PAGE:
Under the law, companies with 50 or more employees are required to provide affordable coverage for their workers. They also must offer health insurance to employees’ dependents, but don’t have to pay for it. And they aren’t required to offer insurance at all to employees’ spouses.
The House of Representatives voted on Friday to remove the Internal Revenue Service’s authority to enforce ObamaCare, a response to the agency’s targeting of Tea Party and conservative groups.
The Keep the IRS Off Your Health Care Act passed the House in a 232-185 vote. Four Democrats — Reps. John Barrow (D-GA), Jim Matheson (D-UT), Mike McIntyre (D-NC), and Collin Peterson (D-MN); all of whom are potentially vulnerable next year — voted with Republicans to pass the measure.
Under ObamaCare, the IRS was given 46 new powers, including the authority to enforce the individual mandate, the employer mandate, and distribution of various tax credits and subsidies. This measure would remove enforcement authority, rendering the individual mandate, which requires Americans to purchase health insurance or pay a tax, and the already delayed employer mandate, completely meaningless.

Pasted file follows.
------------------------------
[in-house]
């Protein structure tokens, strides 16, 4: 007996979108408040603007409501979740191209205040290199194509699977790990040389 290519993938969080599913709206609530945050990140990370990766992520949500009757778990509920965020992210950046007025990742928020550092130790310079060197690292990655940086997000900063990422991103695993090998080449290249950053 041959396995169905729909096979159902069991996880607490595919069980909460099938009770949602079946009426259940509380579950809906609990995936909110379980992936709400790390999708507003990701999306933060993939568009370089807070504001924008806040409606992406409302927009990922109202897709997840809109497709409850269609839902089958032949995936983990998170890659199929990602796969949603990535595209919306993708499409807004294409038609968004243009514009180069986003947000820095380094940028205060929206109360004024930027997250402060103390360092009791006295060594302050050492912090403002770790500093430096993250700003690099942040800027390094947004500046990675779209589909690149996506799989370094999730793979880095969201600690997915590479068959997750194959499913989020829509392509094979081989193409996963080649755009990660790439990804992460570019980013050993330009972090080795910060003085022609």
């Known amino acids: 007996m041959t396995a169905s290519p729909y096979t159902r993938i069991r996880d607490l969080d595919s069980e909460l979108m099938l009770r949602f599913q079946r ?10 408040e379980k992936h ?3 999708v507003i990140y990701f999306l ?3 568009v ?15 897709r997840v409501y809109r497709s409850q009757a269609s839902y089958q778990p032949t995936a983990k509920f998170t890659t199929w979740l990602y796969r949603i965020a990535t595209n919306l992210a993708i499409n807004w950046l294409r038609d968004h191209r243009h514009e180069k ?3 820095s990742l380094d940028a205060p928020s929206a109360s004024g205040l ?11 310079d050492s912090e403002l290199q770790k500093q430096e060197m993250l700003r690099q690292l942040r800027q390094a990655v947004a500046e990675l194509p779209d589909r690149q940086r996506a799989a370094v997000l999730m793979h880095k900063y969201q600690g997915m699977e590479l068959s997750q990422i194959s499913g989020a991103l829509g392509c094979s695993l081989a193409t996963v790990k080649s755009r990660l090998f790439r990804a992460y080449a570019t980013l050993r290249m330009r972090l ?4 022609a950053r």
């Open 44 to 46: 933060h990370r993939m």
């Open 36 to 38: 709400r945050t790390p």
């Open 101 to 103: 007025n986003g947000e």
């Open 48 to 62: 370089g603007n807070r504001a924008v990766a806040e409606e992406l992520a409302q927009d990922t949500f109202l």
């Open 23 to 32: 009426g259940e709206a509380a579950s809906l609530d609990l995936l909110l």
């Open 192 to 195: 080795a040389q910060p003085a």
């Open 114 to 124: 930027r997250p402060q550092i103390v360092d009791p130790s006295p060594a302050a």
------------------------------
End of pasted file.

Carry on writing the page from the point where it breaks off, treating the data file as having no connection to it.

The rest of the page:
The Obama Administration’s one-year delay of the employer mandate is prompting questions about whether or not they also considered extending the same courtesy to Americans who will be forced to comply with the controversial individual mandate at the beginning of the year.
During a House Ways and Means Committee hearing on Wednesday, Rep. Tom Price (R-GA) put the question to Deputy Assistant Treasury Secretary Mark Iwry, who wasn’t inclined to give a straight answer.
“Have you had any discussions at Treasury about the possibility of a delay of the individual mandate?” asked Price.
“Mr. Price, I’m not part of all the discussions at the Treasury, of course,” Irwy nervously replied.
The Georgia Congressman asked again, but rephrased his question due to Irwy’s evasiveness. “Have you, Mr. Iwry, had any discussions at all about considering a delay in the individual mandate?” he pointedly asked.
“Congressman, I do not recall being part of any discussion that involved a view on our part, or my part, that there would be a necessity to provide more transition relief than Congress has already provided for individuals under the [individual mandate],” Iwry told Price.
You can watch the exchange below. While there’s nothing but speculation that the Treasury Department weighed a delay of the individual mandate, Iwry clearly didn’t want to answer, which you can tell by his reaction to the line of questioning.